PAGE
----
An aeroplane that’s designed to carry heavy loads into the most marginal of runways and lakes, means the odds of a long life are low. But for one particular Noorduyn Norseman, lady luck was on her side…
Words Budd Davisson Photography Leonardo Correa Luna
24 November 2020
It is seldom that the name of an aeroplane so truly characterises what an aircraft stands for. In a single word, Norseman, the image is set of both a people and a machine which are known for their collective abilities and determination to explore, survive and prosper in the arctic wilds. The aircraft lives up to its name and heritage in every possible way. That being the case, it is sad that although 904 of the aircraft were built, it has fallen out of history’s memory and is so seldom seen at fly-ins. Which is why Tony Phillippi’s Mk.VI Noorduyn Norseman, N164UC was something of a sensation at AirVenture 2019. The vast majority of those trudging the flight line had no idea what it was, and even a smaller number had ever actually seen one.
Norseman historical expert and pilot, Rodney Kozar, says one reason the Norseman is so seldom seen is because only approximately 50 airframes still survive worldwide, eight flying in Canada, four in the US and one in Norway. A total of 37 projects and museum survivors are scattered around the world, most of them in Canada, the U.S. and Europe. That’s a survival rate of less than six per cent even though Robert Noorduyn’s bush-specific design first flew in 1935.
Utility doesn’t recognise age as long as the job is getting done. Utility does, however, clearly understand attrition – the job for which the Norseman was designed, carrying heavy loads into the most-marginal of runways and lakes, is fraught with daily risks. It’s a fact that continual exposure to high risk environments, whether it’s an aeroplane or a bulldozer, means the odds of long-term survival are not good. The odds chip away at the survivors until there are none.
Aggravating the survival odds of the Norseman, the mellow rumble of a healthy Pratt and Whitney radial in the far north has been increasingly replaced by the near-scream of turbines. Enter Glen Crandall, Ponoka, Alberta, N164UC’s restorer and, later, Tony Phillippi of Eden Prairie, Minnesota, the current owner.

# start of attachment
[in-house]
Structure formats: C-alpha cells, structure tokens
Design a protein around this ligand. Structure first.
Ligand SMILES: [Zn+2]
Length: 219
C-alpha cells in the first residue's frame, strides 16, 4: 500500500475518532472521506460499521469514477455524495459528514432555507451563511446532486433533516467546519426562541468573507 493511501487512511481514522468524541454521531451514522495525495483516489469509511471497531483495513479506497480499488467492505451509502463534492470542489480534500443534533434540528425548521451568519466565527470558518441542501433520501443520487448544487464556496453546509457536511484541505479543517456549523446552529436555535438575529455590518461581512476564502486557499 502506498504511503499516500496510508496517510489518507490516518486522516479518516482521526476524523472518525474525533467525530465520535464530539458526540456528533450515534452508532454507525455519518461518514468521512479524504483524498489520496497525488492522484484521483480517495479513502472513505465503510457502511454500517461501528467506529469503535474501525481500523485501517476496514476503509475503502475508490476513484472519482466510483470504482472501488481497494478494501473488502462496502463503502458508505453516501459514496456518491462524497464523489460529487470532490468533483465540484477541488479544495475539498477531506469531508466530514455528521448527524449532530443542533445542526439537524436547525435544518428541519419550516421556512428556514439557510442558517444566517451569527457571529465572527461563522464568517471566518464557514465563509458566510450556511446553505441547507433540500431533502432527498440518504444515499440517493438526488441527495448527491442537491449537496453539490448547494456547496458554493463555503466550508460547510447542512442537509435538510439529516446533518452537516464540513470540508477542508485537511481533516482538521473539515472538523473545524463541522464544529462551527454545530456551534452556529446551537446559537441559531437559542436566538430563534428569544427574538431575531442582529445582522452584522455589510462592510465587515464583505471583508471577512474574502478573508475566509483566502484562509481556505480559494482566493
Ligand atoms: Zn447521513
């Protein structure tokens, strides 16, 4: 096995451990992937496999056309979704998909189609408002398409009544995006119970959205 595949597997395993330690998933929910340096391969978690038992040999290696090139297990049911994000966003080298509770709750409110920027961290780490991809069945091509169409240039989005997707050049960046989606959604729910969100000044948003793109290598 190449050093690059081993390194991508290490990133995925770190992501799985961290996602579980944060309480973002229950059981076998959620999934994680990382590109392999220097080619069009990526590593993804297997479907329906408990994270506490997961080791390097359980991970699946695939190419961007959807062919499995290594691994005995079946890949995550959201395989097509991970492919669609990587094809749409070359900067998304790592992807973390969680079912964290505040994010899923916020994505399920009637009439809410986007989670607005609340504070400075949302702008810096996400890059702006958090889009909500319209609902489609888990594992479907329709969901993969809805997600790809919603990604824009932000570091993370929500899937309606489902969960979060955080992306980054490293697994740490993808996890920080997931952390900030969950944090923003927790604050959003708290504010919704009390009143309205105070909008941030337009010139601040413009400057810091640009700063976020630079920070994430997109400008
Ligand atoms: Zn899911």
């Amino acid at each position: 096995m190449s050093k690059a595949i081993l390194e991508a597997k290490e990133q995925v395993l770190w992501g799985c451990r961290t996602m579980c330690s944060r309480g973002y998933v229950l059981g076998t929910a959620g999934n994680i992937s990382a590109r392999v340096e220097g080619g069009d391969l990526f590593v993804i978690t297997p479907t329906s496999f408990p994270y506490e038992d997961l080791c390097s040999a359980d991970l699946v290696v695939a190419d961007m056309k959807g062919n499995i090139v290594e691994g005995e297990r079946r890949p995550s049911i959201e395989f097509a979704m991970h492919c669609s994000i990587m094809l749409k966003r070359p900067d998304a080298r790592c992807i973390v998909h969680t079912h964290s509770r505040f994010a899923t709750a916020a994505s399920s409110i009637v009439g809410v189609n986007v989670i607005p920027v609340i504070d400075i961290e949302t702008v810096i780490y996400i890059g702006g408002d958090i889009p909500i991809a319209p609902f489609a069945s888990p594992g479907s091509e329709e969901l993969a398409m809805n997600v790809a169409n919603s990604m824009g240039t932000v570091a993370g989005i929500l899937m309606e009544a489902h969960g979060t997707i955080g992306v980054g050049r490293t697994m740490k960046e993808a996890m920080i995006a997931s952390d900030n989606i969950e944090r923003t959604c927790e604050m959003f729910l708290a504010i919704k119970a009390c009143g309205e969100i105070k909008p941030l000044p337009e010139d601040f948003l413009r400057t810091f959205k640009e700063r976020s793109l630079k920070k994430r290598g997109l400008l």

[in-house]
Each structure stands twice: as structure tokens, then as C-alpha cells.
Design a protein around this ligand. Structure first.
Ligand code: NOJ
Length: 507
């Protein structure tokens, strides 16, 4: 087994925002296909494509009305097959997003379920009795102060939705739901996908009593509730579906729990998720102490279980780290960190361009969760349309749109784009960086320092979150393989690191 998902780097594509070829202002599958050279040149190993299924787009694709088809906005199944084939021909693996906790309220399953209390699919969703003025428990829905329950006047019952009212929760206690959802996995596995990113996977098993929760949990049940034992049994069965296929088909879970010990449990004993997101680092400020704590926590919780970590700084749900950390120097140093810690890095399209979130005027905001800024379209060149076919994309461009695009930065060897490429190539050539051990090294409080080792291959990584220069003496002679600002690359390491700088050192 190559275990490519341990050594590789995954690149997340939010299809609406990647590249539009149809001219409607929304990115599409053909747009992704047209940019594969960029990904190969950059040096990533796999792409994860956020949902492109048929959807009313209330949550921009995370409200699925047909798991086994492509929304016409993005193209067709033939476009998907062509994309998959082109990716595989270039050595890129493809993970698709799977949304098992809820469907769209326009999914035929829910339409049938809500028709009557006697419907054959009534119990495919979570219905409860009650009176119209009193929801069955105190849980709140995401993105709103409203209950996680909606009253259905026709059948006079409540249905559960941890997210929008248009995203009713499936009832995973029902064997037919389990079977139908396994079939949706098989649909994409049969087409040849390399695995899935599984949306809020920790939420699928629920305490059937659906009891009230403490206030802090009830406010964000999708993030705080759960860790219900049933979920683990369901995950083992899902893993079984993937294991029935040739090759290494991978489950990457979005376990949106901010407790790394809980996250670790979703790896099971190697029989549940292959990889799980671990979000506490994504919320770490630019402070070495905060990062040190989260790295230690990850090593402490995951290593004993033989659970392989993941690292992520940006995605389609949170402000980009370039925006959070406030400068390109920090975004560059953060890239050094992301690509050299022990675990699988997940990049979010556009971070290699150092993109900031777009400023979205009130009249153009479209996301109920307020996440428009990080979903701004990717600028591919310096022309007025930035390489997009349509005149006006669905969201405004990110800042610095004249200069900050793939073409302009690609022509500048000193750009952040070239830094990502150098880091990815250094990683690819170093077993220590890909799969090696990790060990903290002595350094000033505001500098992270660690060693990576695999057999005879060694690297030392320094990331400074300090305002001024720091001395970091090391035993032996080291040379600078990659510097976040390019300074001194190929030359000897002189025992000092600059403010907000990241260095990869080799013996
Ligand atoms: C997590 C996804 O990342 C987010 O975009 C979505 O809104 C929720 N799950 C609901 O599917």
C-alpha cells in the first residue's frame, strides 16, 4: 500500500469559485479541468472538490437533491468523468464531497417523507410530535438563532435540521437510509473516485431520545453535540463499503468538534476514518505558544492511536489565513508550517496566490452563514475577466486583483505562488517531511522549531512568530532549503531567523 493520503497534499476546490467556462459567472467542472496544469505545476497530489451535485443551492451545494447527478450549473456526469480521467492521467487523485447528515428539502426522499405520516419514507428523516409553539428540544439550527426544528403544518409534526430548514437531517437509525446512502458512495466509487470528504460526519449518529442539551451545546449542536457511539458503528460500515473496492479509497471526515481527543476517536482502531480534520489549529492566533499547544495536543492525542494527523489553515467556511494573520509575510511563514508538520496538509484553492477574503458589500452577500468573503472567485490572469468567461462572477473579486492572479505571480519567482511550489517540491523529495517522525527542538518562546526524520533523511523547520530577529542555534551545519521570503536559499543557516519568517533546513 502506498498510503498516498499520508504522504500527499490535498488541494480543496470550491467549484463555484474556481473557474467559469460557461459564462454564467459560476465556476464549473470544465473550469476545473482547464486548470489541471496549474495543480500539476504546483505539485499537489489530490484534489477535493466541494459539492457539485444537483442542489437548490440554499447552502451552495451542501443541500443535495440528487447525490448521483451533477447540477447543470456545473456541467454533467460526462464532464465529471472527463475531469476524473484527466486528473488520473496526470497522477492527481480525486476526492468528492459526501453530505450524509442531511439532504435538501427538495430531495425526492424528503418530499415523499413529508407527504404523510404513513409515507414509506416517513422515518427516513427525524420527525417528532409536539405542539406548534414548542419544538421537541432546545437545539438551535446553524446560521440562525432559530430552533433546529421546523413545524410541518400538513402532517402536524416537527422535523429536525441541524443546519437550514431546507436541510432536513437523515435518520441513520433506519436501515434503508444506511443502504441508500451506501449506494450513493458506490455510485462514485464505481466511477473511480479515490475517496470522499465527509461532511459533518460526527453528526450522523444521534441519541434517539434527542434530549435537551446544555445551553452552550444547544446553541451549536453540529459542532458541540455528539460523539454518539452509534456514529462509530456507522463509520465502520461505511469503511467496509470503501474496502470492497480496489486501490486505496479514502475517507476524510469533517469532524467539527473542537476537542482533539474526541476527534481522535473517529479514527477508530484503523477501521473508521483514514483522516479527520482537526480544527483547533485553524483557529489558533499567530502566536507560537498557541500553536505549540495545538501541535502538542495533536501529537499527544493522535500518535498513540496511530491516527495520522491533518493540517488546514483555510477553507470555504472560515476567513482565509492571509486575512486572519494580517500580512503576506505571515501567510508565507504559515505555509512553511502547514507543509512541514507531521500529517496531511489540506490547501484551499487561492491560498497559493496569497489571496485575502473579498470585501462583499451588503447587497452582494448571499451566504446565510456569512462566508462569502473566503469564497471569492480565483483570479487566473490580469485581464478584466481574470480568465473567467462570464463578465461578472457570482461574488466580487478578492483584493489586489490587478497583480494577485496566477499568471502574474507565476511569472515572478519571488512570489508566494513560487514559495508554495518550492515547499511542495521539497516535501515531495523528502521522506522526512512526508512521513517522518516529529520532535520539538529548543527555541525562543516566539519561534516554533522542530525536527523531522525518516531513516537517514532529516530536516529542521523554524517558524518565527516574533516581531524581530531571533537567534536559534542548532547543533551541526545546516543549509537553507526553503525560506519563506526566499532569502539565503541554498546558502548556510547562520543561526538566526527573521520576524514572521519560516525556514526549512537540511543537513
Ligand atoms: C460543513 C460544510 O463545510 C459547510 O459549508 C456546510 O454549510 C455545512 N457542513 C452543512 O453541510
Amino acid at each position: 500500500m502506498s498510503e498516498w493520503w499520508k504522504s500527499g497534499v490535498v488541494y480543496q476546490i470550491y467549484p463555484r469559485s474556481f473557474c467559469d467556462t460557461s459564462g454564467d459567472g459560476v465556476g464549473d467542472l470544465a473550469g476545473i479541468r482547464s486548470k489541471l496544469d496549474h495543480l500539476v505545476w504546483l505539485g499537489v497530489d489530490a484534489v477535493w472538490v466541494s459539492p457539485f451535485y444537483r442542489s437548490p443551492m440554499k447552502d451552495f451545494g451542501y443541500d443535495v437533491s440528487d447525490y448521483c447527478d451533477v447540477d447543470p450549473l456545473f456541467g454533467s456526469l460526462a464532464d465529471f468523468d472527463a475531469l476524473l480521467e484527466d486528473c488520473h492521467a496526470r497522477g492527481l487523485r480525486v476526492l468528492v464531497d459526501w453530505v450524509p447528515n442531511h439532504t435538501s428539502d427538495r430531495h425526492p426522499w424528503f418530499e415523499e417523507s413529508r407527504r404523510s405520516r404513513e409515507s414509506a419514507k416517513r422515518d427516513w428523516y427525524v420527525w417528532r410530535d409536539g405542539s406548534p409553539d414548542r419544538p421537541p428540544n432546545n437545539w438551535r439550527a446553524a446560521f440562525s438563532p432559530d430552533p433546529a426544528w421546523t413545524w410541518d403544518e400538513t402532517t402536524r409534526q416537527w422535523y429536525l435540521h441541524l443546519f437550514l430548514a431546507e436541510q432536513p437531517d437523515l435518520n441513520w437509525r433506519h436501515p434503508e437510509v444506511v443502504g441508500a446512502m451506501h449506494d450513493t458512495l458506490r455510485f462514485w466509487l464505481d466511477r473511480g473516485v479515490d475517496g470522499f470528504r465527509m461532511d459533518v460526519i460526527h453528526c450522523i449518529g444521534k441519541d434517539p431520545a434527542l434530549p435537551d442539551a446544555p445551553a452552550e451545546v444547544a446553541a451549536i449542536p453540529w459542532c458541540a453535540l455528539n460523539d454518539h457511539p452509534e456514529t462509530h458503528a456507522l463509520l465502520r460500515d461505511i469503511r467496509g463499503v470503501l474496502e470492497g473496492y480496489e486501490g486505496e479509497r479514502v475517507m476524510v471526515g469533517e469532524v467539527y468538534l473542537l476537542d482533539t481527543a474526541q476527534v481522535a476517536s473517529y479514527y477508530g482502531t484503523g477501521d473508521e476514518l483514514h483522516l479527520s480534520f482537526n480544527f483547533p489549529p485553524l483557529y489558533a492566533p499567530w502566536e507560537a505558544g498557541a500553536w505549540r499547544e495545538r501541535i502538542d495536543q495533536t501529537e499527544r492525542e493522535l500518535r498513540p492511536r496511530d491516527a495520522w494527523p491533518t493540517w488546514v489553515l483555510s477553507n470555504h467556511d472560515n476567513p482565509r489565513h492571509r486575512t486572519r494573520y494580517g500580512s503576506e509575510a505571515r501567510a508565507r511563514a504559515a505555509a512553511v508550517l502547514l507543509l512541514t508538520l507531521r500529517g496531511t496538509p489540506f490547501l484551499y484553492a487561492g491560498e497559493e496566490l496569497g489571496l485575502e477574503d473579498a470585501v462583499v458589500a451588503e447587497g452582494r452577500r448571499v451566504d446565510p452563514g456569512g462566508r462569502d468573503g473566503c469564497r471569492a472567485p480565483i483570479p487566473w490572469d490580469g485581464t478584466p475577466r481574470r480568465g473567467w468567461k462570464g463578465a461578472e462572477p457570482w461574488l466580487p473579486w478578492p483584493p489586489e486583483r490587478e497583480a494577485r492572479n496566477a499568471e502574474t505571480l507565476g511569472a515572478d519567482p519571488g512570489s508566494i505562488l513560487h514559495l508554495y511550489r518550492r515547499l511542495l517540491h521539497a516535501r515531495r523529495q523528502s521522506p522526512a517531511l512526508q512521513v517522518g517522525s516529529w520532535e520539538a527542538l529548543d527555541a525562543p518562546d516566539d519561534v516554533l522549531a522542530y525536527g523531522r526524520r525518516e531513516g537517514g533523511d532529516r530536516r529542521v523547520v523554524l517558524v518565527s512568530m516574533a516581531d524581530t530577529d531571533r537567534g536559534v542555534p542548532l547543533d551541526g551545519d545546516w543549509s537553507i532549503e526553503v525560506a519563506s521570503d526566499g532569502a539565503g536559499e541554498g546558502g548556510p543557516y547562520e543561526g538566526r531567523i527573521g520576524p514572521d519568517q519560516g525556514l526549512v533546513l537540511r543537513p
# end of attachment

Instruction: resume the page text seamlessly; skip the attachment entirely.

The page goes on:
Owning, operating and restoring big aeroplanes has long been Tony’s personal passion. He says, “I think my interest in bigger-than-normal civilian airplanes may come from the Northrop Delta that my dad owned and flew us around in in the 1950s. He was a construction contractor and eventually bought a DC-3, which he owned with his friend Max Conrad, the record-setting long distance pilot.
“I continued in dad’s construction footsteps eventually founding a company that specialises in really big, heavy lift cranes. We’ve done jobs around the world including Antarctica. At a lot of the overseas jobs, we’d have an airplane or two of our own in-country to help with the logistics. For instance, in 1976 we were doing work in Iran and the Shah had a Lockheed Jetstar, which we wound up buying. It was the only U.S.-registered aircraft permitted to fly in the country.
“We really loved the Jetstar,” he says. “It had lots of room and range and, of course, the reliability of four jet engines. Eventually, we were operating 11 of them and set up a support programme for JetStar owners around the world.
“At one point, I saw a picture of a Howard 500 in Trade-a-Plane and I was totally hooked. At the time I knew very little about them, but what I saw, I liked. What’s not to like about a pair of R-2800 P&Ws? I wound up buying four and two have been restored. One was Grand Champion at Oshkosh.”
Because Tony and his company need the utility that aircraft can give him on the job, his sensitivity to aeroplanes being used as tools couldn’t help but make him aware of the various bush aeroplanes that had served the North for generations.
“I knew of the Norseman, and knew they were becoming rare,” he says. “Then, when we had a crane operation going in Alberta, Canada, I heard about Glen Crandall in Ponoka. He had been a Norseman owner and restorer since he rescued one from the Yukon in 1993. His fully restored aircraft was for sale and had some notable modifications to it, which made it even more attractive to me. Besides being totally restored, the fuselage fabric had been replaced with aluminium and a larger-than-normal cargo door had been installed. The original door is pretty good sized but you could almost put a Volkswagen through this one. A snowmobile isn’t even a tight fit. It had a total of about 13,000 hours on it, of which about 2,000 was military.”
Among the other big aircraft Tony owned was a Grumman Albatross, which was often flown by Brian Van Wagnen, a retired airline pilot who is a vintage aeroplane nut and restorer. Tony didn’t have to push Brian very hard to get him to fly up to do a pre-buy inspection on the Norseman and, if it passed, fly it back to Michigan.
Brian says, “I had flown Norsemans back in the day but I had long since figured I’d never get the opportunity to fly another one. However, as soon as I caught sight of the airplane Tony was thinking of buying, it was pretty obvious that I was going to be flying it home.